We often hear the declaration: “God is good.” It is easy to say it, but at times, if we are honest with ourselves and others, we may not be as sure, particularly when things are not going our way.
For our words to have any meaning, we must live our lives in such a way that we believe that God is good. Some people live their lives according to how much money they have in the bank. Some people live their lives according to what kind of car they drive. Some people live their lives by how many likes they get on social media. Some people live their lives in fear of sickness and disease.
Moses wanted to see God’s glory. And he did, but it might not have been what he was expecting. Moses asked to see God’s glory, and God said, “I will cause all of my goodness to pass in front of you.” (Exodus 33:19) When we come face-to-face with the goodness of God, we can move forward into victory. We must not live our lives according to the news reports, or social media, or even what our friends have to say about us. We are to live our lives in view of the goodness of God.
So, the next time we say “God is good,” let us remember that he has revealed his glory to us.
As a pastor and teacher, I have pondered the question of how to measure spiritual maturity. It is our mission to disciple and to prepare God’s people to live victoriously. There is no precise way of measuring spiritual growth as there is with physical development. If a parent takes a child to the doctor, they can be weighed and measured. The doctor can then tell you how your child compares with others of the same age and gender. But how can we measure maturity or spiritual growth?
We must build our lives on a foundation of the understanding and acceptance of the goodness of God. It must permeate our thinking, not just intellectually but practically as well. We must live our lives in view of the goodness of God. At times we need to be convinced of God’s goodness.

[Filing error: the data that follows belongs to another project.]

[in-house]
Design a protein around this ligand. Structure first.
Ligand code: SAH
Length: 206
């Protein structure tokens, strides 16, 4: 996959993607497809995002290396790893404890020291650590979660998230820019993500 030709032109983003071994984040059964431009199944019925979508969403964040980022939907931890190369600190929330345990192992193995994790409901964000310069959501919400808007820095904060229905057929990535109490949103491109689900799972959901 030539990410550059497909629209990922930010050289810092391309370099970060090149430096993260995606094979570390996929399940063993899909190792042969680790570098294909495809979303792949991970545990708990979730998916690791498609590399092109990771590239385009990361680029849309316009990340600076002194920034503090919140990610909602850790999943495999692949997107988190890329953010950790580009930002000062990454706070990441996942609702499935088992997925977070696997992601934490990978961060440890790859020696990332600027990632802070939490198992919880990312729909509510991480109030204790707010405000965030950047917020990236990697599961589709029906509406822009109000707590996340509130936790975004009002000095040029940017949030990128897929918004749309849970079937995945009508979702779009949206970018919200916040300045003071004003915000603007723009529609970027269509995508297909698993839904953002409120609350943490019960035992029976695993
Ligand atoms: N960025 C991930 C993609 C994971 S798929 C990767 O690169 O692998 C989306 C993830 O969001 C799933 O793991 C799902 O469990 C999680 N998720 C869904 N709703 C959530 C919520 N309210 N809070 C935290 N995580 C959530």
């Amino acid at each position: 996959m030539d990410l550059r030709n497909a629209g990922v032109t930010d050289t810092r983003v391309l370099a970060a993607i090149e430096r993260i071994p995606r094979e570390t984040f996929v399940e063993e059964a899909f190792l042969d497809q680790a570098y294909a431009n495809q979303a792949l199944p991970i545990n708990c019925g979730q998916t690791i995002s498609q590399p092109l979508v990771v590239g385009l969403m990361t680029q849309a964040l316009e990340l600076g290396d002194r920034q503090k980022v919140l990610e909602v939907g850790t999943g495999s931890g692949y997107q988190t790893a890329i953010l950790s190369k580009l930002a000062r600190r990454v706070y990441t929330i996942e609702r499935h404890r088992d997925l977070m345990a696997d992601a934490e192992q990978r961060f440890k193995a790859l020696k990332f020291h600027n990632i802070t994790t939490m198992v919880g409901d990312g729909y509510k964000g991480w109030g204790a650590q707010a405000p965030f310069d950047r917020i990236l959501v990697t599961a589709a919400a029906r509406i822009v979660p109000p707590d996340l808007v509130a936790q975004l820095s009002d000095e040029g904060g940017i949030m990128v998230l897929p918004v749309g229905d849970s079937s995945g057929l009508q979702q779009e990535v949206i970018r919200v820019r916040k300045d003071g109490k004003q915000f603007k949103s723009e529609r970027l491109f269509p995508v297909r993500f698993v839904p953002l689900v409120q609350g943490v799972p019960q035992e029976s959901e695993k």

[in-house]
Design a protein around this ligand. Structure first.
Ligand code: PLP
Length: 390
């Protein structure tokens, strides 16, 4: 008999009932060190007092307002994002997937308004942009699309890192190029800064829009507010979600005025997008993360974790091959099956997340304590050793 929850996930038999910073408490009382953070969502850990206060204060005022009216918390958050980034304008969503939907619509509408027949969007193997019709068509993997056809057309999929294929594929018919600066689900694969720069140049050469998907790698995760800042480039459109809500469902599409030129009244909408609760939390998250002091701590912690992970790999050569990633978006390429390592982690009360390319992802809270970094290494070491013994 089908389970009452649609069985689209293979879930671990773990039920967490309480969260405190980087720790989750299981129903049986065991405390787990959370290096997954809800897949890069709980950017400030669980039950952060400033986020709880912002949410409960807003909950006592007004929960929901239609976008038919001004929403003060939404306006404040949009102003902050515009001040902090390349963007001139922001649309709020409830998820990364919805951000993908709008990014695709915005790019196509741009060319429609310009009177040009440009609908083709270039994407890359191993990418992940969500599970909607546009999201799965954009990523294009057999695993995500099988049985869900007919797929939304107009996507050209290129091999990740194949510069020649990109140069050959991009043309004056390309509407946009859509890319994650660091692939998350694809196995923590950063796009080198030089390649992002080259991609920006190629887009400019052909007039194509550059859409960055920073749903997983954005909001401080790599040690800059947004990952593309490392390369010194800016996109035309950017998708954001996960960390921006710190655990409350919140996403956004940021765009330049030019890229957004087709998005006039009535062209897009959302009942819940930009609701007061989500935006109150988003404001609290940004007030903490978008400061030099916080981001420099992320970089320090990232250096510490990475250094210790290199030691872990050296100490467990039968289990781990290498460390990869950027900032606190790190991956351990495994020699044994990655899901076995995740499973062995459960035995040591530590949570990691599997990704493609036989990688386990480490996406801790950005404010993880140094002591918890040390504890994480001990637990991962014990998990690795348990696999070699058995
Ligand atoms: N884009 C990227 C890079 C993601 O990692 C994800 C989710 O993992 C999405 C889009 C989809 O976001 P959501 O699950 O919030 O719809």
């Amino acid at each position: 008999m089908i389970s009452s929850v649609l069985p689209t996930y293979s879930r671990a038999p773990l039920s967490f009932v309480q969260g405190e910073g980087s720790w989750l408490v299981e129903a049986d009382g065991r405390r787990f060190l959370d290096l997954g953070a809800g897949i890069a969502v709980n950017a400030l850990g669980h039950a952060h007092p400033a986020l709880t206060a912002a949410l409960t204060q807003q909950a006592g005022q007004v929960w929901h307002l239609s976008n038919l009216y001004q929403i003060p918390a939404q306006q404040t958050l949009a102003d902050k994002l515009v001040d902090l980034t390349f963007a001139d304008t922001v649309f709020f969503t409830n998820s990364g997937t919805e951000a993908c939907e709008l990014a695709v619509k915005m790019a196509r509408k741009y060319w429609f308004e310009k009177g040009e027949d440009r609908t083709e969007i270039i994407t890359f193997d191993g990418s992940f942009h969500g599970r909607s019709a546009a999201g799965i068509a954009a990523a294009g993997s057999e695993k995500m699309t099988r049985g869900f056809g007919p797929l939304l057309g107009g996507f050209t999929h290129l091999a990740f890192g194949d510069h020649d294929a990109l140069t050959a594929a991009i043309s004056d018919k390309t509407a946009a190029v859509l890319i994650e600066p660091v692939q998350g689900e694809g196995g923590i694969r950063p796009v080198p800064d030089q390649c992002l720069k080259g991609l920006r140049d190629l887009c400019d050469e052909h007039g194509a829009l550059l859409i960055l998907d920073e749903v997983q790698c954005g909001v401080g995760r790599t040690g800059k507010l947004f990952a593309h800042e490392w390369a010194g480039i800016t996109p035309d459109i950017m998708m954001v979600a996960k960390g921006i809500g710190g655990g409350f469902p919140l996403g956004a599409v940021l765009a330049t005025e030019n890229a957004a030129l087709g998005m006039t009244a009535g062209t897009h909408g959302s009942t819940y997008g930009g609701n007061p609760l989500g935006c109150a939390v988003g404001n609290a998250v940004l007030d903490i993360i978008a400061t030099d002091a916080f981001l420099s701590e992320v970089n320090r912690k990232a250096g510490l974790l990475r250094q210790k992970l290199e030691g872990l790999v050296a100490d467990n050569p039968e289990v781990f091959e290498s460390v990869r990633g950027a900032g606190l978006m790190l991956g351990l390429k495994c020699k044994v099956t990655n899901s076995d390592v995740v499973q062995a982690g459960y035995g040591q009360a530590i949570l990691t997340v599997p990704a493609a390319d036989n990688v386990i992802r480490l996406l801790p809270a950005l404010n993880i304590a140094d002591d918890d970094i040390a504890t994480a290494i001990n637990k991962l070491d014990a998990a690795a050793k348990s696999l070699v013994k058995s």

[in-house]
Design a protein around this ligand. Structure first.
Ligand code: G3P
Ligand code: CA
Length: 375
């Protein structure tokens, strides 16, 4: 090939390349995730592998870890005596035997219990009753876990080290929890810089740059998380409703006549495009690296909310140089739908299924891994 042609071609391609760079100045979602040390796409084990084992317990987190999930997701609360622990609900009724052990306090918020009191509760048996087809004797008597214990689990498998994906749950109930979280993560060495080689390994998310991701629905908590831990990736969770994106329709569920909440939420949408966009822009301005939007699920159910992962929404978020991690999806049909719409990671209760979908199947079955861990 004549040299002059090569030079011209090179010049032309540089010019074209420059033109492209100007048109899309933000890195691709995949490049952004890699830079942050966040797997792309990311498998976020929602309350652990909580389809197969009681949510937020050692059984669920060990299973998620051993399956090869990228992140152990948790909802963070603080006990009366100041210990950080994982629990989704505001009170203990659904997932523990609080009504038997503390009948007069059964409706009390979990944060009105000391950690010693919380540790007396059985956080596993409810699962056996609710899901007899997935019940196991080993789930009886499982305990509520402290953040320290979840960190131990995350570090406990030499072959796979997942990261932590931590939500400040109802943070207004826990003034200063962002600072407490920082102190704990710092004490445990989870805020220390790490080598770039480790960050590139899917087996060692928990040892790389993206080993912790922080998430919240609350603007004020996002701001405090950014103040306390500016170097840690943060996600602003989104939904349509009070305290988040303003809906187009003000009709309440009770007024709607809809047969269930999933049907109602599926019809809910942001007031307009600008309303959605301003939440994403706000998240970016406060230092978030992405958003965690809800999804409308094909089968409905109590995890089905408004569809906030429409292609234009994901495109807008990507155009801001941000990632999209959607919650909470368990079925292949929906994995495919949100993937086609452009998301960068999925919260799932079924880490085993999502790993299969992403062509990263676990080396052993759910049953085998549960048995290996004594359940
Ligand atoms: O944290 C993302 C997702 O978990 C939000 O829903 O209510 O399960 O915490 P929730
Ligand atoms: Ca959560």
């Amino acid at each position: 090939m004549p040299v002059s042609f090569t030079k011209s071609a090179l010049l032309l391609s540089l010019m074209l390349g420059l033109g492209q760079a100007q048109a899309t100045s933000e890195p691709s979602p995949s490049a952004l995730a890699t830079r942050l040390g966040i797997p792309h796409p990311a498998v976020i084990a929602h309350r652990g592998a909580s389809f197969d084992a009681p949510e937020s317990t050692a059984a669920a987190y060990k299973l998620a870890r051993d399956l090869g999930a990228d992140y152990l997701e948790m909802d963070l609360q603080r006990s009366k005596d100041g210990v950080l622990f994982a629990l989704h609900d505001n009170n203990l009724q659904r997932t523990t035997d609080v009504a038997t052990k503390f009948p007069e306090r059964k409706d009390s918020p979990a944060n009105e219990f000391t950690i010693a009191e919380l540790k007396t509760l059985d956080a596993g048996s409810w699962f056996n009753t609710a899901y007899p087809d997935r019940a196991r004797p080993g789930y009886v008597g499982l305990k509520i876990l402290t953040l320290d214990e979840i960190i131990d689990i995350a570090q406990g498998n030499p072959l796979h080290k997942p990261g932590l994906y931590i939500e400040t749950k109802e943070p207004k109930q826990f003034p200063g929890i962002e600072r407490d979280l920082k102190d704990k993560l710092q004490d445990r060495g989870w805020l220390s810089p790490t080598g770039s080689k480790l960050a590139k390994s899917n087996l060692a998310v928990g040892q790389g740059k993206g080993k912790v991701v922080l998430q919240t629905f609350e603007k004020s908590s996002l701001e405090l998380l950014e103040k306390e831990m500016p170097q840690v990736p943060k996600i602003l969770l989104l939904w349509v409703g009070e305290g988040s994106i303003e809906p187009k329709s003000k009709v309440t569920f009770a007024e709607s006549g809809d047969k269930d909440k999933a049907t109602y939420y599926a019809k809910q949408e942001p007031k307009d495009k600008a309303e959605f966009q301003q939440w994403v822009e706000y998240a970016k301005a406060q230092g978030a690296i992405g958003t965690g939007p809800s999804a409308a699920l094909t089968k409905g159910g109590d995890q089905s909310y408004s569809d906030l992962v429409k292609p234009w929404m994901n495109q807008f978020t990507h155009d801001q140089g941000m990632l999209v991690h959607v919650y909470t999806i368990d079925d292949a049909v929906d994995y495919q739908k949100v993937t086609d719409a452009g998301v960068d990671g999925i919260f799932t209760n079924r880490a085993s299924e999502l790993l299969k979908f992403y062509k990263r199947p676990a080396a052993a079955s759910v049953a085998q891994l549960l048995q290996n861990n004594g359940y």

Moses wanted the reassurance of God’s goodness, and that is His glory. In the same way, as we gain an increased understanding of God’s goodness, which will result in a stronger faith. Here is what God said as He passed before Moses, “The Lord, the Lord God, merciful and gracious, longsuffering, and abounding in goodness and truth, keeping mercy for thousands, forgiving iniquity and transgression and sin.” (Exodus 34:6–7a)
An Unlimited Future
Our limited minds can’t comprehend all that God has in store for us, “his ways are higher than our ways and his thoughts higher than our thoughts.” David said in Psalm 27:13-14, “I am still confident of this: I will see the goodness of the Lord in the land of the living. Wait for the Lord; be strong and take heart and wait for the Lord.” It is God’s goodness that invites us to “come boldly to the throne of grace.” It is His goodness that blesses and prospers us and gives us hope in times of difficulty.
In 1 Corinthians 13, Paul said that “now we see through a glass, dimly…” This means that we do not yet have a clear understanding of everything, but a life that is lived in view of the goodness of God holds wholeheartedly to the truth of Romans 8:28; “And we know that in all things God works for the good of those who love him, who have been called according to his purpose.” In the absence of clear understanding, we must cling to the goodness of God.
The key for us is our confidence and trust in God. We will only know the depth and strength of our faith when it is tested. Testing demonstrates the extent to which we are relying upon the goodness of God. It is easy to declare that we have strong faith when things are good and quite another thing to stand firm when our world is seemingly crumbling around us. The hymn writer put it this way, “When darkness veils His lovely face, I rest on His unchanging grace.”
Faith Will Be Tested
If the goodness of God was ever put to the test in a man’s life, it was with Job. His friends blamed him, and his wife counseled him to curse God and die, and in the midst of it all, Job was convinced that his heart was right before God. Listen to what he says in chapter 13:15–16 “Though he slay me, yet will I hope in him; I will surely defend my ways to his face. Indeed, this will turn out for my deliverance, for no godless man would dare come before him!”
Job was so convinced of the goodness of God that in his heart, he knew that if God took his life, it was because God had something better for him. Job had confidence in the goodness of God.
There are many ways to grow and mature; however, our faith will be of unknown quality until tested. In nearly every test we face, there will be something or someone who will attempt to persuade us that God is not good. That is the enemy’s primary weapon in breaking down faith and trust in the life of a believer.
But the one who trusts in God will have a glorious outcome. “But he knows the way that I take; when he has tested me, I will come forth as gold.” (Job 23:10) Spiritual maturity and growth may come in many forms and methods, but ultimately our faith will be tried and proven in the crucible of life’s trials and challenges. May we who have been called to lead others do so by example and live our lives in the light of God’s goodness. God is good! (All the time!)